The first is very quick, since it keeps the checks local. The second takes longer, useful to do only occasionally to find those pesky sites without true permalinks. The third is useful for checking both internal and external links for a single URL - like when I’m about to publish a new post.

The fourth is a script I wrote which piggybacks on top of a broken-link-checker local-only run. It harvests those links, then ensures that any link ending in ‘#hash’ has a corresponding id="hash" in the page. From scripts/check_deep_links.ts:

if (contents.indexOf(` id="${id}"`) !== -1) {
  console.log(`${goodPrefix}${chalk.cyan(pathname)} contains '${chalk.blue(id)}'`);
  return true;
}

Features

Some of the key parts of my blog required some creative solutions, code that might not be necessary using more fully-featured blogging tools. :0)

Tagging

Gatsby’s powerful APIs allow for arbitrary file creation, which allows me to create tag pages quite easily. I query for the proper data (in this case, all posts), then calculate the tag counts, then generate the pages:

createPage({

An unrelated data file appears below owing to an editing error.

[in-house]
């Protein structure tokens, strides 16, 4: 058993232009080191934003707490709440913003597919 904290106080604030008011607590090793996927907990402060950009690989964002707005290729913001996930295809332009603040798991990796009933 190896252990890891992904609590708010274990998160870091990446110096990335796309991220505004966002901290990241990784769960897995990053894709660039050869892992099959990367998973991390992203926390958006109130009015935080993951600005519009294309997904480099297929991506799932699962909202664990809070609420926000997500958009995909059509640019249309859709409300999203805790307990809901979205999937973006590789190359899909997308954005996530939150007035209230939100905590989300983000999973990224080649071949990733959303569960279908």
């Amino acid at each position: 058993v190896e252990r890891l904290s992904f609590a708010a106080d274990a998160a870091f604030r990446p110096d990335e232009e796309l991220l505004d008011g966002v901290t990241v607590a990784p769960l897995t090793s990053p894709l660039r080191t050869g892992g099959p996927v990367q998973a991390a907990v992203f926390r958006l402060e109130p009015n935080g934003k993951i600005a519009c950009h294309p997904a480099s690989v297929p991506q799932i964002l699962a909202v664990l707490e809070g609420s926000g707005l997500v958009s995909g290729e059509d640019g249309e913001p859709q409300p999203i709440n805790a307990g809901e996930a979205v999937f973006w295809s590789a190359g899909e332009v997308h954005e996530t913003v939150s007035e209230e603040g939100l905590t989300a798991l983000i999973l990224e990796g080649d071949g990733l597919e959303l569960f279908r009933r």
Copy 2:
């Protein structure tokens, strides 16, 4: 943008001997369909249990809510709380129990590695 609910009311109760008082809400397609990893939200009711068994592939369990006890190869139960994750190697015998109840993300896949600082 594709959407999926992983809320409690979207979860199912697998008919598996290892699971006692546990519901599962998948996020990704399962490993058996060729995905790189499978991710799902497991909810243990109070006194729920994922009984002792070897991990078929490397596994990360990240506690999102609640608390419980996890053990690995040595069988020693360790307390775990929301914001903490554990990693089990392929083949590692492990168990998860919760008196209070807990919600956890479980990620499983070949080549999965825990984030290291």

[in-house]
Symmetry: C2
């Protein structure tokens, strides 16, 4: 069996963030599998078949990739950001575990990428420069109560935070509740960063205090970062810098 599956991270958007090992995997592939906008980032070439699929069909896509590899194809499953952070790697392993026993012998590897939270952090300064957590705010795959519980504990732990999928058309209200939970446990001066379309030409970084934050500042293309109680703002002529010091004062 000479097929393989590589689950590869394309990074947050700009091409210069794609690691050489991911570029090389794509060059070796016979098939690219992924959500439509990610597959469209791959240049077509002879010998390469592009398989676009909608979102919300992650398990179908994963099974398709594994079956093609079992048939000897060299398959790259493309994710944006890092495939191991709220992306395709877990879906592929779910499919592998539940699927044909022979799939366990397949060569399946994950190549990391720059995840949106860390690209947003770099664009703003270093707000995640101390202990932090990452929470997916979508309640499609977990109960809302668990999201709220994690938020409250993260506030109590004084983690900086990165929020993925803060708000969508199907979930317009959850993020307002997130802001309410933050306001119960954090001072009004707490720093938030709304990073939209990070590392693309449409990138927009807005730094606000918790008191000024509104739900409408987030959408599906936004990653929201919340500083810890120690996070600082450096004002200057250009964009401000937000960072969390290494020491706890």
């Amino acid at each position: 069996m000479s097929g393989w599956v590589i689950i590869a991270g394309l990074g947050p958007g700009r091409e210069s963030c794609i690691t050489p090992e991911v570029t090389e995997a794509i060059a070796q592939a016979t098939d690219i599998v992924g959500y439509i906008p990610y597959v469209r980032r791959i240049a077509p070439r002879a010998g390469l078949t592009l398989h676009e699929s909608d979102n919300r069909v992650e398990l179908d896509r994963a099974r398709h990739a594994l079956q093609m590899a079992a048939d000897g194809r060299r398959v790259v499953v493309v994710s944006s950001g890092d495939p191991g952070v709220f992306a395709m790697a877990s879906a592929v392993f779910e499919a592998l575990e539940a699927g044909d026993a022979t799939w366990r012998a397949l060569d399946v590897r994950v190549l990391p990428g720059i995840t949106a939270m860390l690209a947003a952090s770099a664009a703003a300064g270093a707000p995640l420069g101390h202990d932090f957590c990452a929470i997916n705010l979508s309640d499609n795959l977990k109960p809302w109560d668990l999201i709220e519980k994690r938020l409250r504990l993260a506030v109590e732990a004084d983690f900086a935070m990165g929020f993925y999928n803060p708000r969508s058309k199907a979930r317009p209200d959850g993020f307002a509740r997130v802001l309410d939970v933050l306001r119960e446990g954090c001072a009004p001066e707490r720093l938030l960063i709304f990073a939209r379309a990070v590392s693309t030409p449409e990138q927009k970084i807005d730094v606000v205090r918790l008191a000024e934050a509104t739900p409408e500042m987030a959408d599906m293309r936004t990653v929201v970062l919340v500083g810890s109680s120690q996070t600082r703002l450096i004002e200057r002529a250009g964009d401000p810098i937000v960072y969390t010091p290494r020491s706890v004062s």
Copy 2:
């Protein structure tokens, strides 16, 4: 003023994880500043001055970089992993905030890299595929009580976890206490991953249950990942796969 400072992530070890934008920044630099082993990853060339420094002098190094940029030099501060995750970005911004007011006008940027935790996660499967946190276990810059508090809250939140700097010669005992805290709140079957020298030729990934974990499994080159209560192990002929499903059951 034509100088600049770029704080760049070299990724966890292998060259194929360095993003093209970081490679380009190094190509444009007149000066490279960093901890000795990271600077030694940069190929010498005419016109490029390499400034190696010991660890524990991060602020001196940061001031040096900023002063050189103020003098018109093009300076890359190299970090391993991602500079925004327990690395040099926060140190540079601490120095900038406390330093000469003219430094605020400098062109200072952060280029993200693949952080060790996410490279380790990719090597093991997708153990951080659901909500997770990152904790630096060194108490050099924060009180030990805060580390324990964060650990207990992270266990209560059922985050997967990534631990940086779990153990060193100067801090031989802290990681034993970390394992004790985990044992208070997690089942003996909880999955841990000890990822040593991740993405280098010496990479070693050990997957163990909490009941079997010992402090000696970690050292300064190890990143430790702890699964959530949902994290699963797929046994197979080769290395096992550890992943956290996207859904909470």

path: `/tags/${tag}`,
  component: tagPage,
  context: {
    tag,
    withText,
    justLink,
  },
});

My popular posts list is calculated from frontmatter rank data. Those ranks used to be taken directly from my analytics, but at the moment I have no analytics. Privacy for the win!

The magic here is all in the GraphQL query:

allMarkdownRemark(limit: 20, sort: { fields: [frontmatter___rank], order: ASC }) {

HTMLPreview

In my last post I mentioned an HTMLPreview React component I use, and the <div> separator I use to specify what part of the post should be included in the preview. Now we can take a look at the details. The <HtmlPreview /> component does render the pre-fold data, but it doesn’t generate it.

The preview is generated deep in the GraphQL query to reduce our bundle sizes. We want to pass as little data as possible to the pages so our page-data.json files aren’t inflated unecessarily.

We’re defining a new queryable field in the GraphQL here. The tricky part is fetching the GraphQL fields generated by gatsby-transformer-remark to get the HTML it generates from our markdown files:

htmlPreview: {
  type: 'String',
  resolve: async (source: PostType, args: any, context: any, info: any) => {
    const htmlField = info.schema.getType('MarkdownRemark').getFields()['html'];
    const html = await htmlField.resolve(source, args, context, info);

    const slug = source?.frontmatter?.path;
    if (!slug) {
      throw new Error(`source was missing path: ${JSON.stringify(source)}`);
    }